References

1. Hilman BC. Clinical assessment of pulmonary disease in infants and children. In: Hilman BC (editor). Pediatric respiratory disease: diagnosis and treatment. Philadelphia: WB Saunders Company; 1993. p. 57-67.         [ Links ]

2. World Health Organization. Management of childhood illness. Geneva: WHO; 1995.         [ Links ]

3. Chidgey SM, Broadley KJ. Respiratory syncytial virus infections: characteristics and treatment. J Pharm Pharmacol. 2005;57:1371-1381.4.         [ Links ]

4. Brasil. Ministério da Saúde. Manual de normas para infecção respiratória aguda. Brasília: Sociedades Brasileiras de Pediatria e Pneumologia; 1991.         [ Links ]

5. Pan American Health Organization, World Health Organization. Respiratory infections in children. Washington: PAHO/WHO; 1999.         [ Links ]

6. Brasil. Ministério da Saúde. DATASUS; 2006. http://www.datasus.gov.br. Acesso: 06 Jul 2007.         [ Links ]

7. Guthrie EW. Common pediatric respiratory illnesses. US Pharm. 2005;7:2-8.         [ Links ]

8. Weissembacher MC, Ávila MM. Os vírus como causa de IRA alta e baixa em crianças: características gerais e diagnóstico. In: Benguigui Y, Schmunis G, Yunes J (editores). Infecções respiratórias em crianças. Washington: Organização Pan-Americana da Saúde; 1998. p. 91-103        [ Links ]

9. Collins CL, Pollard AJ. Respiratory syncytial virus infections in children and adults. J Infect. 2002;45:10-7.         [ Links ]

10. Santos NS, Ramanos MT, Wigg MD. Introdução à virologia humana. Rio de Janeiro: Guanabara Koogan; 2002.         [ Links ]

11. Bricks LF. Prevention of respiratory syncytial virus infections. Rev Hosp Clin Fac Med Sao Paulo. 2001;56:79-90.         [ Links ]

12. Yusuf S, Piedimonte G, Auais A, Demmler G, Krishnan S, Van Caeseele P, et al. The relationship of meteorological conditions to the epidemic activity of respiratory syncytial virus. Epidemiol Infect. 2007;135:1077-90.         [ Links ]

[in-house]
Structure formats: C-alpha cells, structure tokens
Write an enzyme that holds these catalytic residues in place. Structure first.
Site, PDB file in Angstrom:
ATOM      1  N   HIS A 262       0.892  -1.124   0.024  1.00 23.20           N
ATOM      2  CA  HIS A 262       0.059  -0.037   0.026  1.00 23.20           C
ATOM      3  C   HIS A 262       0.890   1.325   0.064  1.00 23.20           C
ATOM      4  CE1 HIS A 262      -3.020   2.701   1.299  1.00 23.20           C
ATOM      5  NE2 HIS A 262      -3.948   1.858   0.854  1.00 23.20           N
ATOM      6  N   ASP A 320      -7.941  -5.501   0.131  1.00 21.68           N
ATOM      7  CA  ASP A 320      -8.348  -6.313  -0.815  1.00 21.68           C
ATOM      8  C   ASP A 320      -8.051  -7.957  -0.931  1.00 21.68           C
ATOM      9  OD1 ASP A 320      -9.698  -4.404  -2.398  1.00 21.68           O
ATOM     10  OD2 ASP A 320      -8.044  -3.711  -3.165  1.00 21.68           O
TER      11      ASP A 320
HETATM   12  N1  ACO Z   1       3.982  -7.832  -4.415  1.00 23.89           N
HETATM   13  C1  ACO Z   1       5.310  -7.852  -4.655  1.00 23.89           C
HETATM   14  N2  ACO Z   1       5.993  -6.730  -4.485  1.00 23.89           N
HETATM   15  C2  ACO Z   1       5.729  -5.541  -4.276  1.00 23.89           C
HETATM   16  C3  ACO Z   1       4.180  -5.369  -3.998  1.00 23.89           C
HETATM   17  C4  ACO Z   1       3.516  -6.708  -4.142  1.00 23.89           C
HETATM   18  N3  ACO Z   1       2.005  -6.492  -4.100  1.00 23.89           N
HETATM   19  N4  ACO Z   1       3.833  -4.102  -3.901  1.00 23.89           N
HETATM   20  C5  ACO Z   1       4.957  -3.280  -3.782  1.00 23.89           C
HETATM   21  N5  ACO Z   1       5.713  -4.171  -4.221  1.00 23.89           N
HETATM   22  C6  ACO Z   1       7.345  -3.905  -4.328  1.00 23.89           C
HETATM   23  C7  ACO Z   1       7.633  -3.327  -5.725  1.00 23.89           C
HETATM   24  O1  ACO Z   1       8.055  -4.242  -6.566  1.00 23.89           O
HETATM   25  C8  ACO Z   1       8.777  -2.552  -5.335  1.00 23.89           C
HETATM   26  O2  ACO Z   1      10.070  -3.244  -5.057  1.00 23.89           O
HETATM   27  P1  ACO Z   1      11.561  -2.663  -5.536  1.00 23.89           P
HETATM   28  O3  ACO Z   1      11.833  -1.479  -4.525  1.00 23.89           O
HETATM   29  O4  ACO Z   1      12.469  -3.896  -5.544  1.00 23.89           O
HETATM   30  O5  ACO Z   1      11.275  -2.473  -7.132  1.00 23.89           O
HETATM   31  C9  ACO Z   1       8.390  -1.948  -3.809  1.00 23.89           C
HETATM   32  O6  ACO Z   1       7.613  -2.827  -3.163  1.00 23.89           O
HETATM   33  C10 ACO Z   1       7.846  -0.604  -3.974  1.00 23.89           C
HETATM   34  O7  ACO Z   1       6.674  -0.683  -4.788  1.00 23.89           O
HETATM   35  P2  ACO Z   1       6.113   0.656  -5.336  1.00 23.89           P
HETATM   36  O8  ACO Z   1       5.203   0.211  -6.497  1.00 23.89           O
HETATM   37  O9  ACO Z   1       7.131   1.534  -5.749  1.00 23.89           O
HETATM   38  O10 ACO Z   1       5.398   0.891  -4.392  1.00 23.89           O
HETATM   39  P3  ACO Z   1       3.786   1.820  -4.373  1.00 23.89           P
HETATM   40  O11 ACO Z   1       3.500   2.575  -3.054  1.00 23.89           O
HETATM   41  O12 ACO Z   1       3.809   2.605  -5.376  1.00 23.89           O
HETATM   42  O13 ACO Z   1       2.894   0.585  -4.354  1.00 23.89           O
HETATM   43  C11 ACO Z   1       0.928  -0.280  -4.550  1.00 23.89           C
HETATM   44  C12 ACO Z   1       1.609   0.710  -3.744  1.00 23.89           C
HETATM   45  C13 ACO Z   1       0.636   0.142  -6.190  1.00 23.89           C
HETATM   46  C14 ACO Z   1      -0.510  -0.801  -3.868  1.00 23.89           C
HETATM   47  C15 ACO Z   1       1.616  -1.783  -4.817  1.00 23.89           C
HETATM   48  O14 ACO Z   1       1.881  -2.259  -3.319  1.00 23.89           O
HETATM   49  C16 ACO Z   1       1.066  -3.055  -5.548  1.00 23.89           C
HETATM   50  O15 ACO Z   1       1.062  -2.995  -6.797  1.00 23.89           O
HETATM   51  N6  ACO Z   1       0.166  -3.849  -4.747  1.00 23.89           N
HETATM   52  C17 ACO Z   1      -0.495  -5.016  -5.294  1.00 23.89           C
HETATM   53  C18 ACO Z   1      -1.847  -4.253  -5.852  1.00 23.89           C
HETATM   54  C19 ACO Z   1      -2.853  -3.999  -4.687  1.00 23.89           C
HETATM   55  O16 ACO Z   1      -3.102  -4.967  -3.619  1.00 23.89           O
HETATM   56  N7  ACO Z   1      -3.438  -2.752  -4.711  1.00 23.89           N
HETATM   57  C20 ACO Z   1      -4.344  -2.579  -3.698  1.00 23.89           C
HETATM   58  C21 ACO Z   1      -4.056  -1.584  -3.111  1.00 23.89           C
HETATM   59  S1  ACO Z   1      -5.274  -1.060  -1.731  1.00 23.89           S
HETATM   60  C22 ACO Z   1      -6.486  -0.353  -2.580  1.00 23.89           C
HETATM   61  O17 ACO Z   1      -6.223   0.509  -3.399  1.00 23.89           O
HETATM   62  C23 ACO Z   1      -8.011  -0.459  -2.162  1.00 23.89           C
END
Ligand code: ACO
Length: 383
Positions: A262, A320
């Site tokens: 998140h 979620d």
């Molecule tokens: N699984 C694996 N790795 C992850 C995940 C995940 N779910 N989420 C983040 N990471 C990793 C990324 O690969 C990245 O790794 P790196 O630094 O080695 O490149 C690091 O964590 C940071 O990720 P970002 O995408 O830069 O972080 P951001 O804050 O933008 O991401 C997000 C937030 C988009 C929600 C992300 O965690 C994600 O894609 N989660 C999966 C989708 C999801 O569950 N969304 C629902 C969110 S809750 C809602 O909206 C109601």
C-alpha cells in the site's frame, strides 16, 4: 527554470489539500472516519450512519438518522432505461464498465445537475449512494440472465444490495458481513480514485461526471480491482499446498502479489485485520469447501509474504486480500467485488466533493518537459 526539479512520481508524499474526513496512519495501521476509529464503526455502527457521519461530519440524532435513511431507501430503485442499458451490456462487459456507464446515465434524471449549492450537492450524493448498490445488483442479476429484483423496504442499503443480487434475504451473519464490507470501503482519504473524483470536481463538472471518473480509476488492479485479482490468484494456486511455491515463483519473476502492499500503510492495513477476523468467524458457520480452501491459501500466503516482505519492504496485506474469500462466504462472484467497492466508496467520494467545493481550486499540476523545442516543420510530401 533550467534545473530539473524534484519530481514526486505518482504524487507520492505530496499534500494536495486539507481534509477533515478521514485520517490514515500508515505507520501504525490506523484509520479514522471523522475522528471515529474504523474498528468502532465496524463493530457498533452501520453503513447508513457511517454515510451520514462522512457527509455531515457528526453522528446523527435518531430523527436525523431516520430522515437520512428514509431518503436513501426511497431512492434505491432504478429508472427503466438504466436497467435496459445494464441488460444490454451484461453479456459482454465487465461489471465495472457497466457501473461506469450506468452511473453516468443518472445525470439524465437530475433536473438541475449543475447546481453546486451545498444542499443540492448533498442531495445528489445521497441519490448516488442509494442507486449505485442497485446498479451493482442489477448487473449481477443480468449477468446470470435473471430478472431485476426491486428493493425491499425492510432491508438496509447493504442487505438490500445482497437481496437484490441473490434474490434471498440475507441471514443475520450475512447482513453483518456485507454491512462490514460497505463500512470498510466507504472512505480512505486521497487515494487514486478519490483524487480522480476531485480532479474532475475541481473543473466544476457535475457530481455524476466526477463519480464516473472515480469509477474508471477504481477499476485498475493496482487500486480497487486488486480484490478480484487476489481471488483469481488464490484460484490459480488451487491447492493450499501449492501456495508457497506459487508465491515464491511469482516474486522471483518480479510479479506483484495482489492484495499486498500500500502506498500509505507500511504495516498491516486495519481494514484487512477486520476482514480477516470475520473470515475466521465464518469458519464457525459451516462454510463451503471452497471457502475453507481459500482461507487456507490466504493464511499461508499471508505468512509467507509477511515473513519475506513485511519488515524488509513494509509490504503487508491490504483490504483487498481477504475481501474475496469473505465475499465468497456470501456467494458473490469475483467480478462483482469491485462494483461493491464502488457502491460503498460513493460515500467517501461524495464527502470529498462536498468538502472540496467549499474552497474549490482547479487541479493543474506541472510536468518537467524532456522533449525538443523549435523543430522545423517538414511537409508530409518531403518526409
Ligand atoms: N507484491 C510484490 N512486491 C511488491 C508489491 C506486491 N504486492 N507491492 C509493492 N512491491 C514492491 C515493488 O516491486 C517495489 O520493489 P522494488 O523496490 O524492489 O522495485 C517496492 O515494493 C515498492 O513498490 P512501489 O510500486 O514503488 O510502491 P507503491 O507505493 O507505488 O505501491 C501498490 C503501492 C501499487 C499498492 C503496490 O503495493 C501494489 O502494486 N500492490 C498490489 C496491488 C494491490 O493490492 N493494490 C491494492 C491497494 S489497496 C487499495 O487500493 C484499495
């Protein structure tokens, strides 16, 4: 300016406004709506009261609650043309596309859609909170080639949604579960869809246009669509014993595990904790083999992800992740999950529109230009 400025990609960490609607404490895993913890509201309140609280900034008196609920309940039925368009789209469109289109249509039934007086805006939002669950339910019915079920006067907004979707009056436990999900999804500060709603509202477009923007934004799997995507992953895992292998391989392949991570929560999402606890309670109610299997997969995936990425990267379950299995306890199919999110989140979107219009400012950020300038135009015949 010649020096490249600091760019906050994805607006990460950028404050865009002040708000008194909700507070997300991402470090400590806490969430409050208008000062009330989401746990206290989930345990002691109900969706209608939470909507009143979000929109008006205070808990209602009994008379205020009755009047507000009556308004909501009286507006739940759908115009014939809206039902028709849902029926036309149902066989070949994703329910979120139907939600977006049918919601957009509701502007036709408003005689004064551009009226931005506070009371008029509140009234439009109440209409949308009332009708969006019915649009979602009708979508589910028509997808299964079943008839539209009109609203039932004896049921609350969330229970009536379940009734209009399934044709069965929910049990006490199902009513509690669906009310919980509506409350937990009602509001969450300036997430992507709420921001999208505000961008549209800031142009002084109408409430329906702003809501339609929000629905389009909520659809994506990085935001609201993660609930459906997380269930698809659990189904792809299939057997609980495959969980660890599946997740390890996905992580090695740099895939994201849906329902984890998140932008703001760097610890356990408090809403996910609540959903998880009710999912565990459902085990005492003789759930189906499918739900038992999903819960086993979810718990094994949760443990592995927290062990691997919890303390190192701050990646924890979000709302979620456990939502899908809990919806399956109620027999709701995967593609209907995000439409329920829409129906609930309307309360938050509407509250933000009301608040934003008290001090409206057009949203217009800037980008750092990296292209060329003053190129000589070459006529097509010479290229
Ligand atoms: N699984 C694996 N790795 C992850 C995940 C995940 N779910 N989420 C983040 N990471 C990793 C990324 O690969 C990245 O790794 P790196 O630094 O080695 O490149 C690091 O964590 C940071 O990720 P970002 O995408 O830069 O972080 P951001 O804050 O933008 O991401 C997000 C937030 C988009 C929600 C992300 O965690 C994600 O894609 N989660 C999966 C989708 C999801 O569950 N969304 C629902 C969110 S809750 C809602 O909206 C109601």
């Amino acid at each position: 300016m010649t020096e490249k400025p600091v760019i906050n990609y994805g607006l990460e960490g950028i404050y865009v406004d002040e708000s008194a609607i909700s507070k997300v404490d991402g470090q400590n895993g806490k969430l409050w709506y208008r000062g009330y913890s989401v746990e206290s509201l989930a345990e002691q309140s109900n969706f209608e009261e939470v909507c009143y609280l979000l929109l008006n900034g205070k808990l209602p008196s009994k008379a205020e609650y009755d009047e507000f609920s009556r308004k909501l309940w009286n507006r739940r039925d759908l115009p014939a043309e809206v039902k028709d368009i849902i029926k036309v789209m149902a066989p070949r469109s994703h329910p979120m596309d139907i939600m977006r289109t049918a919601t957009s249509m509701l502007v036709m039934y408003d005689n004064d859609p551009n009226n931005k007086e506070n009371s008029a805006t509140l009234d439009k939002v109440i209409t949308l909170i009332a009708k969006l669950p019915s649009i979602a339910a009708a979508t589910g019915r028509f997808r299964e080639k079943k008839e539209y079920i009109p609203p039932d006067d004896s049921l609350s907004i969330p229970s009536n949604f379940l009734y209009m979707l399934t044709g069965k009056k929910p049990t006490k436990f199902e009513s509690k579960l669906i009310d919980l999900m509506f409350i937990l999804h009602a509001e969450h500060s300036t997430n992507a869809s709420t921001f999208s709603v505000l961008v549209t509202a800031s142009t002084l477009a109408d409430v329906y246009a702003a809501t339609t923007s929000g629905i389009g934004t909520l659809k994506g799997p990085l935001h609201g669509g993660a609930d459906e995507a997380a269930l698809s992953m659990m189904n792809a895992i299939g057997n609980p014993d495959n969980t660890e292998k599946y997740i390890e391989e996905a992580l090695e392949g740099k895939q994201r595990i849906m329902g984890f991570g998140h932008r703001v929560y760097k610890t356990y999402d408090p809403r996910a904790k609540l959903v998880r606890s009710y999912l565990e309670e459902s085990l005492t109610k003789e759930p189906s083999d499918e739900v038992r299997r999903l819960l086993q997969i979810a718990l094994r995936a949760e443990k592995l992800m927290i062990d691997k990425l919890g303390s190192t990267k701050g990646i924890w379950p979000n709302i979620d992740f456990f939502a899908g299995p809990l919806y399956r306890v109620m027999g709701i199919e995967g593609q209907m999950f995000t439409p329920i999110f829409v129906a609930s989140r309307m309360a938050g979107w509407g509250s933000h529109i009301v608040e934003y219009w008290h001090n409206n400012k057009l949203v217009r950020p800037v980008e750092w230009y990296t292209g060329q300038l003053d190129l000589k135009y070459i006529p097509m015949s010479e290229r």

13. World Health Organization. Handbook: IMCI integrated management of childhood illness. Geneva: WHO; 2000.         [ Links ]

14. Simpson W, Hacking PM, Court SD, Gardner PS. The radiological findings in respiratory syncytial virus infection in children. Part II. The correlation of radiological categories with clinical and virological findings. Pediatr Radiol. 1974;2:155-60.         [ Links ]

15. Peret TC, Hall CB, Schnabel KC, Golub JA, Anderson LJ. Circulation patterns of genetically distinct group A and B strains of human respiratory syncytial virus in a community. J Gen Virol. 1998;79:2221-9.         [ Links ]

16. Peret TC, Hall CB, Hammond GW, Piedra PA, Storch GA, Sullender WM, et al. Circulation patterns of group A and B human respiratory syncytial virus genotypes in 5 communities in North America. J Infect Dis. 2000;181:1891-6.         [ Links ]

17. Zheng H, Peret TC, Randolph VB, Crowley JC, Anderson LJ. Strain-specific reverse transcriptase PCR assay: means to distinguish candidate vaccine from wild-type strains of respiratory syncytial virus. J Clin Microbiol 1996;34:334-7.         [ Links ]

18. Costa LF, Yokosawa J, Mantese OC, Oliveira TF, Silveira HL, Nepomuceno LL, et al. Respiratory viruses in children younger than five years old with acute respiratory disease from 2001 to 2004 in Uberlândia, MG, Brazil. Mem Inst Oswaldo Cruz. 2006;101:301-6.         [ Links ]